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Even better ideas...thanks
Posted By: BB <firstname.lastname@example.org> In Response To: Re: Another flowing idea.. (Martin Thoene)
Date: Wednesday, 17 March 1999, at 1:40 a.m.
In Response To: Re: Another flowing idea.. (Martin Thoene)
I see your point regarding the empty space under the filter. I brushed this aside when I thought of it as being insignificant but with (advertisements of cars in wind tunnels dancing in my head) It deserves a closer look. My immidiate response would be to create an entire wall of bricks that supported the filter, or only leave a small opening so the loaches could enter. (Knowing my luck they would all congregate there to spite me:) In this way no water could sneak under it. Left alone I would have been faced with an eye of the water storm somewhere under that filter (depending on which was stronger, powerhead or sump pump). Your other suggestions have me thinking along a different design now, making this a moot point.
I got this idea out of my head and on paper today. Based on my measurements using a standard 10 gallon (US) I was faced with 8 inches at either end and 4 along the front and back. A 10 gallon long would have left me with 6 inches at either end and 5 inches along the front and back. If I build a glass box I take additional displaced water away but using a 24 inch by 6 inch box would leave 6 inches all around the filter. I can live with that. The filter would be 1/3 the width and 2/3 the lenght of the tank. The volume of water displaced by a filter this size is 9.97 gallons. So my 40 becomes a 30 less displacement caused by the furniture. I only want to house 6 loaches so I should be ok I think. Maybe I'll go four just to play it safe. I was trying to stay away from moving water above or below the water column in the tank but that is out the window. I like the idea of putting the sump under the tank in the stand. If I really wanted to get fancy I could push the water from the biomedia through a canister filter before I passed it on to the sump pump for return to the tank. I was also thinking that by using a ten gallon I could easily remove the filter and the bricks attacked to the bottom if things did not work well. Patching a drilled hole in a tank is an easy fix. With this new idea it is as easy as removing silicone and the same patch if it bombs. I could drill one (say 2 and 1/2 inches) hole dead center in the filter and use it to run electrical and return water. I could encase the electrical in a smaller pvc tube that floated inside the larger and acted as a conduit shielding against any mishaps. A second smaller hole to feed the sump. I like this better. The only thing I have to work out is how to notch the top of the glass. I can't do it here and drilling many small holes that close to the edge of glass would be bad I think. Perhaps acrylic is better here. That I can work with. Thank you for the input:)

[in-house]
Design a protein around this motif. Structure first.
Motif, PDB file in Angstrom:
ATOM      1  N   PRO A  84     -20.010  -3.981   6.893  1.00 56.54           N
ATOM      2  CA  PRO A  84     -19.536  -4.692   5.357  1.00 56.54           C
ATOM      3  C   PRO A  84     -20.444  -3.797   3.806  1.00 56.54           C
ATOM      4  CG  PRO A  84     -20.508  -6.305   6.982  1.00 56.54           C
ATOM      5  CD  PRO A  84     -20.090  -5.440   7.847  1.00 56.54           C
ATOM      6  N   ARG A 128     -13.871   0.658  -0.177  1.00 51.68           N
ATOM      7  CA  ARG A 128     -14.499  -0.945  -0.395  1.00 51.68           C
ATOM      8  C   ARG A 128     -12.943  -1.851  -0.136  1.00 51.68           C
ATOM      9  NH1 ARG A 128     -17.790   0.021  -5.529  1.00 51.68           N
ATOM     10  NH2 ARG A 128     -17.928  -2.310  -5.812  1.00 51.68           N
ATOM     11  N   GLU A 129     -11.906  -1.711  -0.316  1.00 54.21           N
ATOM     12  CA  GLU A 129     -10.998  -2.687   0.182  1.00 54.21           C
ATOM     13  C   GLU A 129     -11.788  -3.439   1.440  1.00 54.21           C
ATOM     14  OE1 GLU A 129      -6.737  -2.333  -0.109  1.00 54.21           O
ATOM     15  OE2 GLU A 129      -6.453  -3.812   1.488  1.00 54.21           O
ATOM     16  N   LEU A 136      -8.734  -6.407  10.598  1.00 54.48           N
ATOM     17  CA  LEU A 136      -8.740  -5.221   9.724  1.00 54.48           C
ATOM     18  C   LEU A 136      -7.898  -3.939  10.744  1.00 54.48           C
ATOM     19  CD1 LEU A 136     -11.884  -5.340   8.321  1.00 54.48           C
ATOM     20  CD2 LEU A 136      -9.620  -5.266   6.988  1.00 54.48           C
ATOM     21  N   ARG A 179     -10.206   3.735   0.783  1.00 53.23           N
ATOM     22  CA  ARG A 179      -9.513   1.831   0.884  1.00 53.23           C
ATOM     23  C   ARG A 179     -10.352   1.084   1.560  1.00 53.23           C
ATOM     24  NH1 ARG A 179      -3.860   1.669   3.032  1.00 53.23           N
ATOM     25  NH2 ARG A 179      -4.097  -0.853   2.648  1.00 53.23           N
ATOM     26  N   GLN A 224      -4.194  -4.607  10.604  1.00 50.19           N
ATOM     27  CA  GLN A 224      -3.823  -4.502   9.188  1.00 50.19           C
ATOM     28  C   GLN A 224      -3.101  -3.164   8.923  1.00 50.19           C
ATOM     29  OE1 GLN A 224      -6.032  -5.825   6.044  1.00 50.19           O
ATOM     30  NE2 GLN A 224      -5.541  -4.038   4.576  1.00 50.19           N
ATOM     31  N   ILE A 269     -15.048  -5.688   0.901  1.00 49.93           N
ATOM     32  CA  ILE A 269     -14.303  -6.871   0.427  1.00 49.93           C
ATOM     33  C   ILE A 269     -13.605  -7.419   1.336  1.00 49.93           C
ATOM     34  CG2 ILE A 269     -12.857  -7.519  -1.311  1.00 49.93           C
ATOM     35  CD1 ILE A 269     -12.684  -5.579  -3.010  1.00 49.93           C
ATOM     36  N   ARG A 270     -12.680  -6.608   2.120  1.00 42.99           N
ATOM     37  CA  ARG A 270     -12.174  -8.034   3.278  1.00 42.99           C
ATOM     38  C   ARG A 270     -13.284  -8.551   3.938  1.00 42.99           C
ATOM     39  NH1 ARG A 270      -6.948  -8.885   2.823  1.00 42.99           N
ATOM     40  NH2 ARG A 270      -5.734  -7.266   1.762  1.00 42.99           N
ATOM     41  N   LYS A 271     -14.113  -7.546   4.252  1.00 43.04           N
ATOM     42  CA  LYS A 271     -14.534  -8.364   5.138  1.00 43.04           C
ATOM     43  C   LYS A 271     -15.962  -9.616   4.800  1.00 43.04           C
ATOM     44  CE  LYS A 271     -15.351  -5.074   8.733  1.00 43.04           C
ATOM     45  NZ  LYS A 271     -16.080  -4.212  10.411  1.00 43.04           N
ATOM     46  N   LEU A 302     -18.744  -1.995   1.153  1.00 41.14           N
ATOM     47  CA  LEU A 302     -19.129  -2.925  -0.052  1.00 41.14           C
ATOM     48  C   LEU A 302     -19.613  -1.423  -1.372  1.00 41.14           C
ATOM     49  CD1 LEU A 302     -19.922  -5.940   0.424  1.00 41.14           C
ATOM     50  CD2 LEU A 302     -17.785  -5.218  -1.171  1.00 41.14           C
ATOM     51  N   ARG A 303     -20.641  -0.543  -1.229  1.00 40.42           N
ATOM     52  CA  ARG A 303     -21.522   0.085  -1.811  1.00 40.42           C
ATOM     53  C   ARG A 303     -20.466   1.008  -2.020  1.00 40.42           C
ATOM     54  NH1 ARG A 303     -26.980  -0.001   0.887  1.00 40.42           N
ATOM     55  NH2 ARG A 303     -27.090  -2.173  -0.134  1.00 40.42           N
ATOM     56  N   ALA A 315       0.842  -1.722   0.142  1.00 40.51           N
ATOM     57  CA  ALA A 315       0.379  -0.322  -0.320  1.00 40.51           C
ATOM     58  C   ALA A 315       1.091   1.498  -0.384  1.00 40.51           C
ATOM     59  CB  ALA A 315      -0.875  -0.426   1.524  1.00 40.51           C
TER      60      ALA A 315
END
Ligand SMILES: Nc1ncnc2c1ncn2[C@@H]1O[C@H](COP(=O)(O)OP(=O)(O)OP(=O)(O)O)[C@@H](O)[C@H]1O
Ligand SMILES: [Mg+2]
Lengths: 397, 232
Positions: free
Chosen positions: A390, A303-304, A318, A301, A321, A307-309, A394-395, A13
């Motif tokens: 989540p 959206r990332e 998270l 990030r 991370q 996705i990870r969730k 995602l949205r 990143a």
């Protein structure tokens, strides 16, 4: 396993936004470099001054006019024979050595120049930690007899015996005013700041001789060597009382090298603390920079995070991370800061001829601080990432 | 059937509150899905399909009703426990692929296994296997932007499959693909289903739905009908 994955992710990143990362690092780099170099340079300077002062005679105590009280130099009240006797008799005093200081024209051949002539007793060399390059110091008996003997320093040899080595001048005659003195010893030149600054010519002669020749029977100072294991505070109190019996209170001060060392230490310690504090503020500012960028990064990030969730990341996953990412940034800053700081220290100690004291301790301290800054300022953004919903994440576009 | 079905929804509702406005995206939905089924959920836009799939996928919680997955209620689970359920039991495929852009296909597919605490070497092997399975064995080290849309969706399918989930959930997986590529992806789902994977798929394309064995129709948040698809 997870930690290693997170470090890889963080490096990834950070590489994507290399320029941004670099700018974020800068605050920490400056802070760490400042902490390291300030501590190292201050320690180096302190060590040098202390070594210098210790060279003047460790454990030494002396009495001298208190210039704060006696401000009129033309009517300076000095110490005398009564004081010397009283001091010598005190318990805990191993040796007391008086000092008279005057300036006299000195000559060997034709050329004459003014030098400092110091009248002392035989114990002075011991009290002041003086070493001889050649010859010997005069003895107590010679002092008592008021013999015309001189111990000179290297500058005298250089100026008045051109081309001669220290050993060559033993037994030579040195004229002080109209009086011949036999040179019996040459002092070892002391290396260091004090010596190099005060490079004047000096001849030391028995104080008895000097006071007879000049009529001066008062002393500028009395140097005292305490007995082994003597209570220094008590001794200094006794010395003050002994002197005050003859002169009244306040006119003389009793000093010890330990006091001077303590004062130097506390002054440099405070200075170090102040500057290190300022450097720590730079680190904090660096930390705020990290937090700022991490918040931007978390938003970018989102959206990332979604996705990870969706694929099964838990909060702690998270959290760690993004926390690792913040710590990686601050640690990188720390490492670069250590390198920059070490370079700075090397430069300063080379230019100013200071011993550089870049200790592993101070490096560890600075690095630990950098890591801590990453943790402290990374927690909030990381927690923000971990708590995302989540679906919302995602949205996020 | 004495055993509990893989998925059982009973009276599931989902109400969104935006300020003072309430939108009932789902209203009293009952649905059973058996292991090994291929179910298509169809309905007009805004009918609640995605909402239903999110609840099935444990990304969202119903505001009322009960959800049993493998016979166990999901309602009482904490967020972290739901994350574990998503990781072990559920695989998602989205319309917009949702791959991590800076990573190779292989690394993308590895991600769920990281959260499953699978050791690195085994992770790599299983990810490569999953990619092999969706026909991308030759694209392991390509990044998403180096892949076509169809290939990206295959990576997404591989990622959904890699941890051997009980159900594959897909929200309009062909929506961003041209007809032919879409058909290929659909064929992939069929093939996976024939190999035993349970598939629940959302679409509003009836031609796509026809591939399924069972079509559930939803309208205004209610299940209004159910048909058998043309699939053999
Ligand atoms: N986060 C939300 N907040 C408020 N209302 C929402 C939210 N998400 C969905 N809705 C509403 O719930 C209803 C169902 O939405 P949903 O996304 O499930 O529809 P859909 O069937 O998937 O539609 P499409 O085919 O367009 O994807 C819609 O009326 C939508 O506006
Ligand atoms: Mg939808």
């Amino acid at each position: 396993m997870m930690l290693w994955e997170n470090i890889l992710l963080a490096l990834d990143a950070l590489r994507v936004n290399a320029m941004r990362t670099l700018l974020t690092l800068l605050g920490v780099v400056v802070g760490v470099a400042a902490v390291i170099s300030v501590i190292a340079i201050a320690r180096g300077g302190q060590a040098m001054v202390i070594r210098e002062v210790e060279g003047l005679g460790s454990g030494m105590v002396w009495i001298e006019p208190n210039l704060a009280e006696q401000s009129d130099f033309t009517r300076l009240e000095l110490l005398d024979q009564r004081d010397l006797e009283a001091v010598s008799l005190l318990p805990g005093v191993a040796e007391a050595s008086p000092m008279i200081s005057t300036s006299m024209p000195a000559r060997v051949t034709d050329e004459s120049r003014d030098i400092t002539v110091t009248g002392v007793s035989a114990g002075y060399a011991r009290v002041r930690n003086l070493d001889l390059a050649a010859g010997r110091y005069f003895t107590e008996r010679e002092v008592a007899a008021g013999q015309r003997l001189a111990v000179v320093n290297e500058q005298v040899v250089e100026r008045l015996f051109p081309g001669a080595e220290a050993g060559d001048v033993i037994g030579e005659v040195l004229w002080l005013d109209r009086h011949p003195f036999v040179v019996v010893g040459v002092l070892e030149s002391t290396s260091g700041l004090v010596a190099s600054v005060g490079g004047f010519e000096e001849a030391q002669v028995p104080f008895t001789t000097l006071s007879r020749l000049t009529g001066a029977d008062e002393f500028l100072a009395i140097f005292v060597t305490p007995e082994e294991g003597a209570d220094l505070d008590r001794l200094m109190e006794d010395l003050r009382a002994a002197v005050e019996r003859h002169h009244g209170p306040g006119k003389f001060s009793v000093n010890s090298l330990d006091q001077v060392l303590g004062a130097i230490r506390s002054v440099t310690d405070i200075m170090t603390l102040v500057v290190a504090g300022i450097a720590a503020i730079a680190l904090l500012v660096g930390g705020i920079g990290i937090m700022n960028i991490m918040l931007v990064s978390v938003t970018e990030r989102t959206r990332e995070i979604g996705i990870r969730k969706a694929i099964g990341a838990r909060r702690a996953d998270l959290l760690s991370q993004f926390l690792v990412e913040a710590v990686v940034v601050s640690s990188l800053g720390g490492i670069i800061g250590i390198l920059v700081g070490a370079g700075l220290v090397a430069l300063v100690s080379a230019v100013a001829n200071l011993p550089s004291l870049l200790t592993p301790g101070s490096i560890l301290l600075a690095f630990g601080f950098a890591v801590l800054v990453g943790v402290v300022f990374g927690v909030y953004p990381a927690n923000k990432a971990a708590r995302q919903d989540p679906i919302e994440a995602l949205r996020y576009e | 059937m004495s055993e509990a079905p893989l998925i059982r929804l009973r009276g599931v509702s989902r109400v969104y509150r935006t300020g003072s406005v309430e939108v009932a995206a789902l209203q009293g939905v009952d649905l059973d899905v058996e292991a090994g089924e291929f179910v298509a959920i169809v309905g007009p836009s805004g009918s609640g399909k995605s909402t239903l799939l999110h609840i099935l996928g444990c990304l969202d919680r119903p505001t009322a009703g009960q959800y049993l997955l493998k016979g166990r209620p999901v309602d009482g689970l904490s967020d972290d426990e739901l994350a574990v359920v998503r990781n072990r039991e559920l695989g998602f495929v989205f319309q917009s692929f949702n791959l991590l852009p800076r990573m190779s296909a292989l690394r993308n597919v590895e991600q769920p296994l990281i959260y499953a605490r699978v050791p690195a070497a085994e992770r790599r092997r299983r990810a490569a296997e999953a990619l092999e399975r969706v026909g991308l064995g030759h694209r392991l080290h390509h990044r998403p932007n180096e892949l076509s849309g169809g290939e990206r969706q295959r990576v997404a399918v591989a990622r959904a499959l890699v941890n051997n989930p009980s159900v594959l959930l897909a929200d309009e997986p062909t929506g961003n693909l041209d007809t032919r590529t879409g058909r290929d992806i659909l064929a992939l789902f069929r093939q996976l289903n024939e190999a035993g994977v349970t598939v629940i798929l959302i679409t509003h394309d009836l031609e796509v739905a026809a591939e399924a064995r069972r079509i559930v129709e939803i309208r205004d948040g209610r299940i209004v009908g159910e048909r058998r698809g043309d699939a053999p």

If this works out I'm draining my 180 till its 2/3 full and adding window planters along the back inside edge, with lots of long trailing species of plants. Throw in a mango tree ,archers and mono. Let an ant farm go in the planter and watch the archers go to town:) ..j/k BB
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